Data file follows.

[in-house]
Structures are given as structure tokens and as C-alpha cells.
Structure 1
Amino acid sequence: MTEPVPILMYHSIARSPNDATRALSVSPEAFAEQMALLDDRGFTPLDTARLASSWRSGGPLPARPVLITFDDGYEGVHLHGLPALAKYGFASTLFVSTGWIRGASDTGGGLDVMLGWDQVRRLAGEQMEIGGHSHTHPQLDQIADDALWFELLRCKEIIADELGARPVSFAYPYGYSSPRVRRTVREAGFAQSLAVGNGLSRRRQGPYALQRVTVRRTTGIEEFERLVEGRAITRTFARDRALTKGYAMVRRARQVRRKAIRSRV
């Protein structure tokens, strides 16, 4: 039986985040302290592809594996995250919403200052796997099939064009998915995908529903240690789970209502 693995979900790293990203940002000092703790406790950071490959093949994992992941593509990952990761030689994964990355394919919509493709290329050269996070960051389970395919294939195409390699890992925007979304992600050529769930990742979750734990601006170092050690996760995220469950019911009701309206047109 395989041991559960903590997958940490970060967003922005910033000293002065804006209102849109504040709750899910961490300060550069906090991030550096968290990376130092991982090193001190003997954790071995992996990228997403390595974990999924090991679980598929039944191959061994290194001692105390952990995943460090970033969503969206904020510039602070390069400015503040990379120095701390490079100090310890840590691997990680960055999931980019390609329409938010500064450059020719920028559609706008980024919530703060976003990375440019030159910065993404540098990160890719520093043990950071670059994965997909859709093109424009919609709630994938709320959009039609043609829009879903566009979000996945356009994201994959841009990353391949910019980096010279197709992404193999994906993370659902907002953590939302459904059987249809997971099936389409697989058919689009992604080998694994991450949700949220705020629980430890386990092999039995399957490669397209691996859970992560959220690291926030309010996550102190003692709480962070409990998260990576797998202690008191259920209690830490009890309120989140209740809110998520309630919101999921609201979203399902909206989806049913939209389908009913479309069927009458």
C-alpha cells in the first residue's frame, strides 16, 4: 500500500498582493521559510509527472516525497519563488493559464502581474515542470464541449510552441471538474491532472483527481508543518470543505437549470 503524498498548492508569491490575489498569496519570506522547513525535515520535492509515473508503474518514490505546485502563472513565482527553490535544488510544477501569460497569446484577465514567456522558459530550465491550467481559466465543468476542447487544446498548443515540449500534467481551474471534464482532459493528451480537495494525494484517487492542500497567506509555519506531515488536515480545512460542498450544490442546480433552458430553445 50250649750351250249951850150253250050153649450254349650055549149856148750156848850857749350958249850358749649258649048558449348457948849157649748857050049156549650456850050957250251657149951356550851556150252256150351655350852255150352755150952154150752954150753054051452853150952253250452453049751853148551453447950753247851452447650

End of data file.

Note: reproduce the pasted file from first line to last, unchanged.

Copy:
[in-house]
Structures are given as structure tokens and as C-alpha cells.
Structure 1
Amino acid sequence: MTEPVPILMYHSIARSPNDATRALSVSPEAFAEQMALLDDRGFTPLDTARLASSWRSGGPLPARPVLITFDDGYEGVHLHGLPALAKYGFASTLFVSTGWIRGASDTGGGLDVMLGWDQVRRLAGEQMEIGGHSHTHPQLDQIADDALWFELLRCKEIIADELGARPVSFAYPYGYSSPRVRRTVREAGFAQSLAVGNGLSRRRQGPYALQRVTVRRTTGIEEFERLVEGRAITRTFARDRALTKGYAMVRRARQVRRKAIRSRV
């Protein structure tokens, strides 16, 4: 039986985040302290592809594996995250919403200052796997099939064009998915995908529903240690789970209502 693995979900790293990203940002000092703790406790950071490959093949994992992941593509990952990761030689994964990355394919919509493709290329050269996070960051389970395919294939195409390699890992925007979304992600050529769930990742979750734990601006170092050690996760995220469950019911009701309206047109 395989041991559960903590997958940490970060967003922005910033000293002065804006209102849109504040709750899910961490300060550069906090991030550096968290990376130092991982090193001190003997954790071995992996990228997403390595974990999924090991679980598929039944191959061994290194001692105390952990995943460090970033969503969206904020510039602070390069400015503040990379120095701390490079100090310890840590691997990680960055999931980019390609329409938010500064450059020719920028559609706008980024919530703060976003990375440019030159910065993404540098990160890719520093043990950071670059994965997909859709093109424009919609709630994938709320959009039609043609829009879903566009979000996945356009994201994959841009990353391949910019980096010279197709992404193999994906993370659902907002953590939302459904059987249809997971099936389409697989058919689009992604080998694994991450949700949220705020629980430890386990092999039995399957490669397209691996859970992560959220690291926030309010996550102190003692709480962070409990998260990576797998202690008191259920209690830490009890309120989140209740809110998520309630919101999921609201979203399902909206989806049913939209389908009913479309069927009458």
C-alpha cells in the first residue's frame, strides 16, 4: 500500500498582493521559510509527472516525497519563488493559464502581474515542470464541449510552441471538474491532472483527481508543518470543505437549470 503524498498548492508569491490575489498569496519570506522547513525535515520535492509515473508503474518514490505546485502563472513565482527553490535544488510544477501569460497569446484577465514567456522558459530550465491550467481559466465543468476542447487544446498548443515540449500534467481551474471534464482532459493528451480537495494525494484517487492542500497567506509555519506531515488536515480545512460542498450544490442546480433552458430553445 50250649750351250249951850150253250050153649450254349650055549149856148750156848850857749350958249850358749649258649048558449348457948849157649748857050049156549650456850050957250251657149951356550851556150252256150351655350852255150352755150952154150752954150753054051452853150952253250452453049751853148551453447950753247851452447650